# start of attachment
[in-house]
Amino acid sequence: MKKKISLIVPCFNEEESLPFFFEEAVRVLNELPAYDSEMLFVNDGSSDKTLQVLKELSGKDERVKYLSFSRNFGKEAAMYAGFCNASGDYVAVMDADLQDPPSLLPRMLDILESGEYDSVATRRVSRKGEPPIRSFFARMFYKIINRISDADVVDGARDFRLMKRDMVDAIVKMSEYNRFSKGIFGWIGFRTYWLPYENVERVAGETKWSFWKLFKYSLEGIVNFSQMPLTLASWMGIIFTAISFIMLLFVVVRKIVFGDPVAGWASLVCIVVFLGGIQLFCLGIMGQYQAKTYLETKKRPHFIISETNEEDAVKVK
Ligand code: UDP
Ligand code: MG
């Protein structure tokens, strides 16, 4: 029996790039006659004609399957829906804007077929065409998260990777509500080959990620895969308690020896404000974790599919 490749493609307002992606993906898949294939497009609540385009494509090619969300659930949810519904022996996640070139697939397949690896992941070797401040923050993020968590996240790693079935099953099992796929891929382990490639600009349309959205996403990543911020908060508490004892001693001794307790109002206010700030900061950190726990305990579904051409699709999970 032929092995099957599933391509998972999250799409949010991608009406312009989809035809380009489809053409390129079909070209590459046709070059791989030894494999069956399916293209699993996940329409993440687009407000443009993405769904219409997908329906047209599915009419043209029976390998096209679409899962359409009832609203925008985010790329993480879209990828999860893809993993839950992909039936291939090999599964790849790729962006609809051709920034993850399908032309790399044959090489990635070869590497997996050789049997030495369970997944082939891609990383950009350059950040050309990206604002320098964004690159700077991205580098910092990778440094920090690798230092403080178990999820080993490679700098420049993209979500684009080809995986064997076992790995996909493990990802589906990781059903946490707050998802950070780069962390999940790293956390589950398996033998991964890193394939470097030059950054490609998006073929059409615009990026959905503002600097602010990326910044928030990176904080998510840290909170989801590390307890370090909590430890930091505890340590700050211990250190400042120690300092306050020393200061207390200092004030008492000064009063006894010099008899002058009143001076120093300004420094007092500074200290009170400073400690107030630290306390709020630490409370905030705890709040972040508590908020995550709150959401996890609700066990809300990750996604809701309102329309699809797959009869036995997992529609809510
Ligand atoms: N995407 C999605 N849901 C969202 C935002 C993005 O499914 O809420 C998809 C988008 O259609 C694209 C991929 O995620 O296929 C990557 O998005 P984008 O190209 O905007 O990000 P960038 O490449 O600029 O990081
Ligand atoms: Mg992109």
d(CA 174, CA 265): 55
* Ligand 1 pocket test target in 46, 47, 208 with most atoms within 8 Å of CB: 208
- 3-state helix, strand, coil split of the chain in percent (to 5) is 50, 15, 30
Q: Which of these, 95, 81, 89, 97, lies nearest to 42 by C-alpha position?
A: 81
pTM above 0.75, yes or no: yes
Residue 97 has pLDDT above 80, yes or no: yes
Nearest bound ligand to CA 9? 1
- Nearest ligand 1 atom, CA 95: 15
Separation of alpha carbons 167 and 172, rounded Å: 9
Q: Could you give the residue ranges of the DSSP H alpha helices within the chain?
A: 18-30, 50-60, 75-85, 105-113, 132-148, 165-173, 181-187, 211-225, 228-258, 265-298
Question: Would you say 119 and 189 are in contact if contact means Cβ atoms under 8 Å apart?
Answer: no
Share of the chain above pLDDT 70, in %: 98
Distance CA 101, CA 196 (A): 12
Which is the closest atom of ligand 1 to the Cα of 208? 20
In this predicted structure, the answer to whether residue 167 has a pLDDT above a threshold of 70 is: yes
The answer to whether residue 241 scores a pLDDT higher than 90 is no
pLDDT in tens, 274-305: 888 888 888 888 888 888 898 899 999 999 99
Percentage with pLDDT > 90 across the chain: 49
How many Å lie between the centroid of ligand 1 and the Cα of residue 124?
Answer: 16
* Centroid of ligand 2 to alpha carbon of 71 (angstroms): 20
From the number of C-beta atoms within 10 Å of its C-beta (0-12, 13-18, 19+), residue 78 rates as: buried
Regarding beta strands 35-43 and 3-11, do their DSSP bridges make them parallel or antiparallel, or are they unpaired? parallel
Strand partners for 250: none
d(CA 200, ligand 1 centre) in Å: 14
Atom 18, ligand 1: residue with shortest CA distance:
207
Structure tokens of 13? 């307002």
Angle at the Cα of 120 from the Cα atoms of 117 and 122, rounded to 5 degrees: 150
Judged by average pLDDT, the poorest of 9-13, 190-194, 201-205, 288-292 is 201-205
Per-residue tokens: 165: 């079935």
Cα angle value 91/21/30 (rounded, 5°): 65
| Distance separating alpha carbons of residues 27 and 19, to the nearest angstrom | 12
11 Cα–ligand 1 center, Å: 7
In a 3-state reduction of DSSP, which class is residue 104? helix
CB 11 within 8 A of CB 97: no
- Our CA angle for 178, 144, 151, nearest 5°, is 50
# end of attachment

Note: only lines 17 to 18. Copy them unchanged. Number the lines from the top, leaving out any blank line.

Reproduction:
Separation of alpha carbons 167 and 172, rounded Å: 9
Q: Could you give the residue ranges of the DSSP H alpha helices within the chain?